“No state or territory will receive less mRNA vaccines in October when compared to what they received in September.”

The Health Department has a funny way of saying that Australia faces another Pfizer supply problem in October. States are still not sure how many doses they will be receiving, but have been warned by the head of the national vaccine taskforce, Lt Gen John Frewen, of another disruption.

Can Australia actually reach its vaccination goal?
Australia is steadily marching towards the magic number of 80 per cent of the eligible population being fully vaccinated. But given how few countries have reached that target so far, even with a significant head start, how likely are we to actually get vaccination coverage that high?


The dollar amount received by services dealing with domestic and family violence, from the $1.1 billion announced in the May federal budget.

“It’s something I’m seriously considering.”

Victoria’s Chief Commissioner Shane Patton says Victoria Police could become the next workforce in the state requiring mandatory vaccination, as protesters hit Melbourne’s streets for a fourth day on Thursday.

The list

“Scott Morrison is a devout wowser. Not even he could invent a character that more egregiously contradicts Australia’s self-image as a nation of laidback larrikins. Morrison’s solitary attempt at rebelling against his father was threatening to study theology in Canada after university. John Morrison – not just your average battler – lined up Scotty a job with the Property Council of Australia. The closest that Morrison came to battling – or being a larrikin, for that matter – was getting cast as the Artful Dodger in Oliver!.”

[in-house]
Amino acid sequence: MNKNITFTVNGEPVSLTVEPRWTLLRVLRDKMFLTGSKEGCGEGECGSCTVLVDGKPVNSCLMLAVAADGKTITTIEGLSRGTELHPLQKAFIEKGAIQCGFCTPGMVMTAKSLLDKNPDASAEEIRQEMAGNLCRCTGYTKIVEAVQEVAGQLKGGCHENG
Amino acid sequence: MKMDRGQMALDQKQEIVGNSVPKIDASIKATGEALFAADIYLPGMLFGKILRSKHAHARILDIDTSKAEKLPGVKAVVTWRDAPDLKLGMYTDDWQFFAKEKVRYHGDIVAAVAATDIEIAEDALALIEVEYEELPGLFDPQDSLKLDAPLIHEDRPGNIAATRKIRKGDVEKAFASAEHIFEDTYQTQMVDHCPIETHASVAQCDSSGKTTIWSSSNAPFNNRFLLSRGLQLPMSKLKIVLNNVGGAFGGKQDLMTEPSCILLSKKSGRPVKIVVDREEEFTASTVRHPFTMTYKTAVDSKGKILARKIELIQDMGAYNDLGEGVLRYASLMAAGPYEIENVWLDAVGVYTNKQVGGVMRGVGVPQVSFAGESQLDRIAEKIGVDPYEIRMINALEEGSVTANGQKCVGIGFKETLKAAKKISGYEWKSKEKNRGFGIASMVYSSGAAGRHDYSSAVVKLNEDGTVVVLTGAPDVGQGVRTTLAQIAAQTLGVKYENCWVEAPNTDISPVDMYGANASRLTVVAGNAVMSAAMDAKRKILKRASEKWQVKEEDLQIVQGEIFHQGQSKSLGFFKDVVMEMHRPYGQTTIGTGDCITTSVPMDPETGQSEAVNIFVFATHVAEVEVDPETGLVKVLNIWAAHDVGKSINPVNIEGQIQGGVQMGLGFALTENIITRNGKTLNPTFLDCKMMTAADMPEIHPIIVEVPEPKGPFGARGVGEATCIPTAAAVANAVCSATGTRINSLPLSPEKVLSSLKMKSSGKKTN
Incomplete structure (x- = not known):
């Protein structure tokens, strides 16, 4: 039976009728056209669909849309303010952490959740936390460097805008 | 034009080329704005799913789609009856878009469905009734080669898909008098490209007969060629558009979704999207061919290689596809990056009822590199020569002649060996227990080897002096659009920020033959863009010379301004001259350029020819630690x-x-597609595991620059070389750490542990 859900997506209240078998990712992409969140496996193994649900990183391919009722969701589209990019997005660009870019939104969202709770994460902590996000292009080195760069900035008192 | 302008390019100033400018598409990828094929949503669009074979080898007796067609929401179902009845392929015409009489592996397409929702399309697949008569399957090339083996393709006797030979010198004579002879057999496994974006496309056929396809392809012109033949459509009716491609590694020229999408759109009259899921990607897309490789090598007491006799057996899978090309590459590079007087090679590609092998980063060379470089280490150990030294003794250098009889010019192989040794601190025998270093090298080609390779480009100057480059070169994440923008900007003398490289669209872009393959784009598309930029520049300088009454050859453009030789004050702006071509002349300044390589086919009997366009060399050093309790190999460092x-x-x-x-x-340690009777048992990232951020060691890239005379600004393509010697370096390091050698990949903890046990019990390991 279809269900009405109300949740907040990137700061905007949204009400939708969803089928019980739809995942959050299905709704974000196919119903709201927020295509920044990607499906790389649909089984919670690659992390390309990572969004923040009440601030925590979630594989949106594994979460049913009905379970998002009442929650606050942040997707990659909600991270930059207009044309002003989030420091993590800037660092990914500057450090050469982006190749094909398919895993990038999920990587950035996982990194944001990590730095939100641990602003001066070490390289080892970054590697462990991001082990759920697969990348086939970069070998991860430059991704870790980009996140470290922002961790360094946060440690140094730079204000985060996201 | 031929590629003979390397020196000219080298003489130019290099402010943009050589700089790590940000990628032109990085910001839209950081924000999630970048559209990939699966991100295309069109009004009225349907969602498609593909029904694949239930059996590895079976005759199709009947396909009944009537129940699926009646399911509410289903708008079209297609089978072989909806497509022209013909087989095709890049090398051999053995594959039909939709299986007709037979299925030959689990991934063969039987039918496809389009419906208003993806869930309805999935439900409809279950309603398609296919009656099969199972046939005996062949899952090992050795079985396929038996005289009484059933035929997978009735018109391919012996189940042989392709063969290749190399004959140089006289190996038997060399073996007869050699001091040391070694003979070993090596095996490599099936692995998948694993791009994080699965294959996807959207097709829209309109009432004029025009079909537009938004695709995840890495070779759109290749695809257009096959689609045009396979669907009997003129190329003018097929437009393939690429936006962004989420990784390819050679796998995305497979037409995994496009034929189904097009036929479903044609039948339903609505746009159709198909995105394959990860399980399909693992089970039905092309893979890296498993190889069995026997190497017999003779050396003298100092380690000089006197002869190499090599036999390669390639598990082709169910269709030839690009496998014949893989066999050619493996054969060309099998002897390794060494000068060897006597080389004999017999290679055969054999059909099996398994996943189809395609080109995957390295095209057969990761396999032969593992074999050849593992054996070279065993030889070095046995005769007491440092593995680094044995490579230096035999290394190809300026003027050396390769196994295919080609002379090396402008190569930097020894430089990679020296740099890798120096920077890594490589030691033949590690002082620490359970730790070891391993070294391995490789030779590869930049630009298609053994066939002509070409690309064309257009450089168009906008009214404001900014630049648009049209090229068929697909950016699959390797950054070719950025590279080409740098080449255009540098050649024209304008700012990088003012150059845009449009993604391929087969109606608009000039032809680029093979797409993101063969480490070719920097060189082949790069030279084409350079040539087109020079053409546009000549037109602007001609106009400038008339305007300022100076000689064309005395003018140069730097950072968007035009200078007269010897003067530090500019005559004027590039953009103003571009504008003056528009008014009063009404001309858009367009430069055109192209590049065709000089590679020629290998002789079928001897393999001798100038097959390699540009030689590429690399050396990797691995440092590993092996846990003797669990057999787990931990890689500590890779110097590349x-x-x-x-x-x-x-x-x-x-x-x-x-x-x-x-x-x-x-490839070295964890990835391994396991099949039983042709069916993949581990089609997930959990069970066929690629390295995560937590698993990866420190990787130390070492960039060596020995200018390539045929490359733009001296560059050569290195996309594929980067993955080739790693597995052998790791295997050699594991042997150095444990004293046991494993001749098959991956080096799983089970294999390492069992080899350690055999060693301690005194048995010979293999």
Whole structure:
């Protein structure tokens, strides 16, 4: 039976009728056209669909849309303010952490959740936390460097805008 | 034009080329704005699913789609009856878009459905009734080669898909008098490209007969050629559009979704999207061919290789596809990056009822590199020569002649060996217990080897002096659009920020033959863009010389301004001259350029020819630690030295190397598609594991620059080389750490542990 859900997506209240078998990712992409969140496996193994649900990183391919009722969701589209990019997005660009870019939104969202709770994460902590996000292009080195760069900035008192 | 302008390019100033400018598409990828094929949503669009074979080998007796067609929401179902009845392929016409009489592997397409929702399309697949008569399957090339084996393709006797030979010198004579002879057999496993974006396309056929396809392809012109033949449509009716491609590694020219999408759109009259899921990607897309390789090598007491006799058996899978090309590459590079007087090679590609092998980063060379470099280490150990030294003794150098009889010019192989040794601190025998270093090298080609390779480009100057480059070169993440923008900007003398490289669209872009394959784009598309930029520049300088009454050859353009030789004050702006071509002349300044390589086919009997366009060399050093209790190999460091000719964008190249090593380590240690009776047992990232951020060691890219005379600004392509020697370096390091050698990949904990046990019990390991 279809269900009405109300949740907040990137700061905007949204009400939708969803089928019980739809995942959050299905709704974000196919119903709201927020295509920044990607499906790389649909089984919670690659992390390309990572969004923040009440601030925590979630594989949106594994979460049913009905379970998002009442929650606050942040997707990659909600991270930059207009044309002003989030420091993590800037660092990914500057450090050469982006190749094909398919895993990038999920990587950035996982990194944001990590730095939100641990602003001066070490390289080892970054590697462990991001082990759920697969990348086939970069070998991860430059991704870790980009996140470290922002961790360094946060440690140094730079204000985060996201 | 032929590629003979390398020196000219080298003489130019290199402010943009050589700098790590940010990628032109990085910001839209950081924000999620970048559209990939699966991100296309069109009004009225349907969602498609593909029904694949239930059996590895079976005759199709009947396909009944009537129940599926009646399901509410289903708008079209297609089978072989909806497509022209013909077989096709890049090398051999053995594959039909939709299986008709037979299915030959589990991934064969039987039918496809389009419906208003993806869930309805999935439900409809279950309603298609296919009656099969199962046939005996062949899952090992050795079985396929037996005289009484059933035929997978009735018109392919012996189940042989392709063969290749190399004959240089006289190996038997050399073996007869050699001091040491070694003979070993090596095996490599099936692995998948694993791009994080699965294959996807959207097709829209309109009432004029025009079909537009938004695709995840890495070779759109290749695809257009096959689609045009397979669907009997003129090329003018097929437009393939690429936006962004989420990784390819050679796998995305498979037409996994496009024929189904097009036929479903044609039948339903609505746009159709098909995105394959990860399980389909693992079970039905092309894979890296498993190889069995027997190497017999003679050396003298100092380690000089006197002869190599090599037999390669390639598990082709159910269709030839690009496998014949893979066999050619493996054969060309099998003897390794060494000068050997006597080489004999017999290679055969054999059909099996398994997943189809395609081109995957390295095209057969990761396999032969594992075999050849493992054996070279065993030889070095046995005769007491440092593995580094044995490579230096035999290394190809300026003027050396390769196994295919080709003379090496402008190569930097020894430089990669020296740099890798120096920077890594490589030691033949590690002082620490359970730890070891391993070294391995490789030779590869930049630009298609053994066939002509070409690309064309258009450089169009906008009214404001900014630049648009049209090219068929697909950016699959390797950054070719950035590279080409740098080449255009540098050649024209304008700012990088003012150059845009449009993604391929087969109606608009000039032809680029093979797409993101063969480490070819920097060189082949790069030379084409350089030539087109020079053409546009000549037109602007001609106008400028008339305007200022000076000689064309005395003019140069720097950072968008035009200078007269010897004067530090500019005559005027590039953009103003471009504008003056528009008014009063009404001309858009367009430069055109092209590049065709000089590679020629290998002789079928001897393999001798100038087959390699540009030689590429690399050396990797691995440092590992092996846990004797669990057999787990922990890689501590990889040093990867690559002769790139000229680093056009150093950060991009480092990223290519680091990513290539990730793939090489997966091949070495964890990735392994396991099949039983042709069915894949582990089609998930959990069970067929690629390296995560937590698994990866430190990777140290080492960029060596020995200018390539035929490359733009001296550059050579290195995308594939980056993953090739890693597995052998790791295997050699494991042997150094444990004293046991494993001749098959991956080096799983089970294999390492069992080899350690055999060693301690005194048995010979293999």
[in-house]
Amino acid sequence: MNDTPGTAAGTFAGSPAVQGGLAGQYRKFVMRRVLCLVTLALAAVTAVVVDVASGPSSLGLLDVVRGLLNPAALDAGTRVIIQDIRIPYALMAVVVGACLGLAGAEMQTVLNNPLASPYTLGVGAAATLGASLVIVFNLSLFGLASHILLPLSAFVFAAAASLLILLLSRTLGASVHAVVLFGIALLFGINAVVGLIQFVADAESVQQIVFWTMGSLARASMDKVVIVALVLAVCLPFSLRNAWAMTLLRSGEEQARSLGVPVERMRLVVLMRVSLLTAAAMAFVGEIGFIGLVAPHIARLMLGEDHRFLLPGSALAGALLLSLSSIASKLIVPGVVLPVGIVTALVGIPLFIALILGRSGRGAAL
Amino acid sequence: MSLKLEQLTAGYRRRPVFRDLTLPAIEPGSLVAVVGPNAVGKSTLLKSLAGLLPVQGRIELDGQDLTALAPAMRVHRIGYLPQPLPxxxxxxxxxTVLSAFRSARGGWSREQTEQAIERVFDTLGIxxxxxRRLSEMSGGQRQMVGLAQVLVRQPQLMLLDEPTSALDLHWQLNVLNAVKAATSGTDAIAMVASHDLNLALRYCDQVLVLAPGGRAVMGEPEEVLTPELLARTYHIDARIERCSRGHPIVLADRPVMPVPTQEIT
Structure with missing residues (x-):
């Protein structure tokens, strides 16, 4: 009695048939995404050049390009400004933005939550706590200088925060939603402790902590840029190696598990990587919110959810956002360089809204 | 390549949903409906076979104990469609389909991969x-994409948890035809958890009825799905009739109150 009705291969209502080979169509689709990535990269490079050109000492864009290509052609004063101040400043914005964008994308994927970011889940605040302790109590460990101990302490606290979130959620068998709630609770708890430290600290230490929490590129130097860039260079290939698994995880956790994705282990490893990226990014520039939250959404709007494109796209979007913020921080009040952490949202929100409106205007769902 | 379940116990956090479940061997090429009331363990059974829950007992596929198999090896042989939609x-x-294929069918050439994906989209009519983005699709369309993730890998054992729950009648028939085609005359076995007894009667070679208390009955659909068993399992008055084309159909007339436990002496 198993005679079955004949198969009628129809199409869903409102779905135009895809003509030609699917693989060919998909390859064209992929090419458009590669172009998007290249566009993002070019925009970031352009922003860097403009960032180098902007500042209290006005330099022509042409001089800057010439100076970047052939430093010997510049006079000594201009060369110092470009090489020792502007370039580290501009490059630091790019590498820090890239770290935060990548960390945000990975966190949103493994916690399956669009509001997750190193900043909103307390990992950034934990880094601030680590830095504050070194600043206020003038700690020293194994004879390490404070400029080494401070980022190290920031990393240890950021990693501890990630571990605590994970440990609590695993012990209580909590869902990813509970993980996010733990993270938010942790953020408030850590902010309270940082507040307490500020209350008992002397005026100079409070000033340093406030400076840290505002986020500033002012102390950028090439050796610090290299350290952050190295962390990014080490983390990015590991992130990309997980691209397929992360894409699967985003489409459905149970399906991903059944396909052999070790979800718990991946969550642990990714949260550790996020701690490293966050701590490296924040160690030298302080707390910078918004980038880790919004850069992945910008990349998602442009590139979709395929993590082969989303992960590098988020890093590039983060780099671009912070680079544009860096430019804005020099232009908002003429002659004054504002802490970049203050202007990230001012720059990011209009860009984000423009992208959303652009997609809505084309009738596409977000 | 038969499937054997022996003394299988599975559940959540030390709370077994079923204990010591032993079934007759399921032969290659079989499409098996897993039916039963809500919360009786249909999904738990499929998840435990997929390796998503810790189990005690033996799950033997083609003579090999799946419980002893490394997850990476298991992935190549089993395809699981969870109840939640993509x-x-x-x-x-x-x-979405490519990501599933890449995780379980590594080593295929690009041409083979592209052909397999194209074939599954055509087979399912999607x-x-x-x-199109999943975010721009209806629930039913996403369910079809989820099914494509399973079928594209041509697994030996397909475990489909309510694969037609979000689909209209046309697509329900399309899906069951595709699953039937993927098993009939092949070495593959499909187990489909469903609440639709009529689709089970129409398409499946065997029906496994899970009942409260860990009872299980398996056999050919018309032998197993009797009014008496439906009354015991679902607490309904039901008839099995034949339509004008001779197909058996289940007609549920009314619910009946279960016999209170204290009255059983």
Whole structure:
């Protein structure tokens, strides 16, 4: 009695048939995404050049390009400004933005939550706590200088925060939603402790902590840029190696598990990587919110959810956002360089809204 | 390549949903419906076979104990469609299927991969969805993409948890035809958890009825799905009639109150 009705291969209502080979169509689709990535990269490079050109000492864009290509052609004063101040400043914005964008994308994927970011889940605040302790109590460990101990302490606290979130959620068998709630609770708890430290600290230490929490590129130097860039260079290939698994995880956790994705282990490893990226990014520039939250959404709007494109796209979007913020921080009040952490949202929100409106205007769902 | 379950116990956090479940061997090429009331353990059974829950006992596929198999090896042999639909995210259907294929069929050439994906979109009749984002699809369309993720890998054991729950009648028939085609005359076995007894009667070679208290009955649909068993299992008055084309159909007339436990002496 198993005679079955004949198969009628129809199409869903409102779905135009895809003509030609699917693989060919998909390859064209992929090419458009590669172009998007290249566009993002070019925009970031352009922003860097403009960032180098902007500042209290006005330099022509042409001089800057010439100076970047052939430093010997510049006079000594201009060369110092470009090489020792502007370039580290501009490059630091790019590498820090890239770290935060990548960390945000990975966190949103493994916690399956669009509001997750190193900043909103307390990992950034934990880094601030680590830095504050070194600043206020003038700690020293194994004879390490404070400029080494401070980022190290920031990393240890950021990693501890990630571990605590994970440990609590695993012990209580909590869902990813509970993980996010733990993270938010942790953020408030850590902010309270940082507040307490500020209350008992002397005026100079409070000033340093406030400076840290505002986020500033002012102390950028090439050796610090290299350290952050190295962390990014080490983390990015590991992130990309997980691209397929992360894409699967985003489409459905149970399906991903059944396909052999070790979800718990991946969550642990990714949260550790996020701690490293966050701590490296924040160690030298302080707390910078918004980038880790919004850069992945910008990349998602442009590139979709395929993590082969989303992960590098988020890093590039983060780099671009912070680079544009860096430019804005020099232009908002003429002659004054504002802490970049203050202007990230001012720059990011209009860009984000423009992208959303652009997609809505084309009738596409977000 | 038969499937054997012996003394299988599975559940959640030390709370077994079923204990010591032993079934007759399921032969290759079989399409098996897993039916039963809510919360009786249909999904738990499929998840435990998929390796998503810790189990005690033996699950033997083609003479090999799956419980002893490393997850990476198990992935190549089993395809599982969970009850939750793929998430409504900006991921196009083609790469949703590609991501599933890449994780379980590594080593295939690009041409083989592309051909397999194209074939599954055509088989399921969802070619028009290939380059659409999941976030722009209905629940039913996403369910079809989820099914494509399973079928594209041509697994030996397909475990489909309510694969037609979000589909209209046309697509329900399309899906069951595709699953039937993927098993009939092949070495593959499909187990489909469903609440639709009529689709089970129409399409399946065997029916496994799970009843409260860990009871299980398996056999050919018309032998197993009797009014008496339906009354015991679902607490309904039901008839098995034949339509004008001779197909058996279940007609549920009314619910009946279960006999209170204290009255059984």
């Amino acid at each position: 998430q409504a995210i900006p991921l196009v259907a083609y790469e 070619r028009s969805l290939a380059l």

“The book is made of two halves. The first is contained to the British summer of 1986, and concerns the adventures of six working-class Ayrshire lads, bright and voluble and self-consciously defined by their music tastes (the British post-punk and indie of The Jesus and Mary Chain, Shop Assistants, The Fall and – holier than all others – The Smiths). Unemployment is high, the miners are on strike and Thatcher is conspicuously despised, when the boys make their southern pilgrimage by bus to a Manchester music festival and the city’s famed Hacienda club.”

“The new three-part SBS documentary Lost for Words opens with the stark statistic that 43 per cent of Australian adults lack the necessary literacy skills to get through everyday life. We are guided through the series by actor and singer Jay Laga’aia – a man who himself admits to a previous struggle with literacy. This, he tells the participants and the audience, was partially overcome by being cast on Play School and engaging with reading and children’s literacy. He is a buoyant, relatable host and narrates the statistics, the challenges and the participants’ progress with compassion and understanding.” 

Nick Feik

Nick Feik is the editor of The Monthly.